Various other features of the invention will become more apparent from the hereafter detailed description.

BRIEF DESCRIPTION OF THE DRAWINGS

An embodiment of the invention is shown, by way of a non limiting example, in the accompanying drawings, wherein :

FIG. 1 is a view from above of a deformable tubular container of the invention ;

FIG. 2 is a cross-sectional view taken along line II--II of FIG. 1, the container being provided with a closing plug ;

FIG. 3 is a cross-sectional view taken along line III--III of FIG. 2 ;

FIG. 4 is a cross-sectional view taken along line IV--IV of FIG. 2.

DETAILED DESCRIPTION OF A PREFERRED EMBODIMENT

The container shown in the drawings includes a tubular body 1 which is shown with a circular section, but which could possibly have another shape, for example an oval shape.

At its upper portion, the body 1 forms a shoulder 2 and a neck 3 adapted for receiving a closing plug 4. Connection means between the neck 3 and the closing plug 4 can be of any type.

In the example shown, the neck 3 is threaded, and the closing plug 4 includes inside a tapped skirt 5 screwed onto the neck 3.

The closing plug 4 could be maintained in a similar way by a snap-ring or by protrusions, or by any other means generally known in the art for closing containers.

Inside, the tubular body 1 is provided with a wall 6 which is corrugated or conformed in another way so that it has a developed length which is equal to half an inner perimeter of the body 1 when the body 1 is at rest.

It is advantageous, as shown particularly in FIG. 3, that the wall 6 is connected to the inside of the body 1 via two rectilinear segments 7 and 8 for thereafter facilitating a deformation of the corrugations 9 when the tubular body 1 has to be closed at its lower portion.

The wall 6 is provided in such a manner as to extend to the top of the neck 3 which is closed by a plate 10 in which are formed ports 11 and 12 opening on either side of the wall 6 in compartments 13 and 14 which are defined by the wall 6 inside a body 1.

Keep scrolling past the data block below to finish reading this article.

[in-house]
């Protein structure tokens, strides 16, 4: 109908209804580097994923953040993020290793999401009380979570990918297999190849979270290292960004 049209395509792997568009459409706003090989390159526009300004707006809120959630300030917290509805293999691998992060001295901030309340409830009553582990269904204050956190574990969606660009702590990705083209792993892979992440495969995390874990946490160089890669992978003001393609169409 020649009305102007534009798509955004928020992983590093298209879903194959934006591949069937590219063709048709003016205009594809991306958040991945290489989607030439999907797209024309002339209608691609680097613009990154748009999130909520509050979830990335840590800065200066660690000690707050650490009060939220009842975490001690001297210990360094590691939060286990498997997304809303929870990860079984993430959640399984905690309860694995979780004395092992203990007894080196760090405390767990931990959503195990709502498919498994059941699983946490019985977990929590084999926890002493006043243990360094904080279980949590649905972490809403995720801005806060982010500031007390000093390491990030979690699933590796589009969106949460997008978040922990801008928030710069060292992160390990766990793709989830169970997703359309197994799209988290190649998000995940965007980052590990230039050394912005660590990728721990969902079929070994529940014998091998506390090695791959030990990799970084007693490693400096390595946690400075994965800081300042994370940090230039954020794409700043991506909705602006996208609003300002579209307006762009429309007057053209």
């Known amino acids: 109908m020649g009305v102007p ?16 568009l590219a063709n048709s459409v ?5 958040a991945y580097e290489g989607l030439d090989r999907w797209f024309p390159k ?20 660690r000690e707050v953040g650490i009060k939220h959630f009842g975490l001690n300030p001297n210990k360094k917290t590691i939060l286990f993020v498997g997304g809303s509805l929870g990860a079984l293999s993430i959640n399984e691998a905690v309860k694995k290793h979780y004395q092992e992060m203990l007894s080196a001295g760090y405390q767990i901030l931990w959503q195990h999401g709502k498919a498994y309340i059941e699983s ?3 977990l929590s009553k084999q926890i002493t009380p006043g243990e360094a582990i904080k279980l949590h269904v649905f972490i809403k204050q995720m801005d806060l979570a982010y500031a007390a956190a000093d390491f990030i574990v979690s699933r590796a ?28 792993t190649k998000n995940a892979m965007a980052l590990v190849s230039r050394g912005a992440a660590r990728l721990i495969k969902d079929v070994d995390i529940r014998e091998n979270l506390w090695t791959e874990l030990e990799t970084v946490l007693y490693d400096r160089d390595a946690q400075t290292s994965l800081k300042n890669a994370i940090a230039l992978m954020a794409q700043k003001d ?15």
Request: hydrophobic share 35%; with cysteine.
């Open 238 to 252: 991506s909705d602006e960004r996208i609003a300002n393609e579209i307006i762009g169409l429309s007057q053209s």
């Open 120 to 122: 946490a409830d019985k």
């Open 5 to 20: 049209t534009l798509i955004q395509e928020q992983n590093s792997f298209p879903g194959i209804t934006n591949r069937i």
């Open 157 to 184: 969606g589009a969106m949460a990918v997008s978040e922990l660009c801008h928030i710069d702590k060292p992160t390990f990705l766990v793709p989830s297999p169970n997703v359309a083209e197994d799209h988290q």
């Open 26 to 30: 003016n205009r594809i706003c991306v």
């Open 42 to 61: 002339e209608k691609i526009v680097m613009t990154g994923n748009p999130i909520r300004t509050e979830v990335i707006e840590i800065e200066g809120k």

The assembly of the body 1 and wall 6 is produced preferably by injection of a thermoplastics resin, and care is taken to conform the mold used so that the wall 6 does not present any sharp angles but, on the contrary defines a succession of rounded elements, including the zone thereof joining together the rectilinear segments.

The compartments 13 and 14 are filled with the products which they have to contain before closing the bottom portion 15 of the tubular body 1.

Closing of the bottom portion 15 is made by means conventional in the art, and for example the bottom portion 15 is clamped and heated in order to provide a tight closing, the bottom portion 15 becoming then linear as shown in phantom lines in FIG. 2 and according to the cross-sectional view of FIG. 4. The closing of the bottom portion 15 can also be made by a crimping process.

Since the developed length of the wall 6 is equal to the half perimeter of the body 1, the closing operation made by clamping and heating, or by crimping of the bottom portion 15 is such that the wall 6 is flattened and sandwiched between the two corresponding portions of the body 1, which are in turn flattened as shown in FIG. 4.

It is advantageous that the ports 11 and 12 are closed by protrusions or other specific means provided in the closing plug, these means being preferably designed so as to always correspond one with the port 11 and the other with the port 12.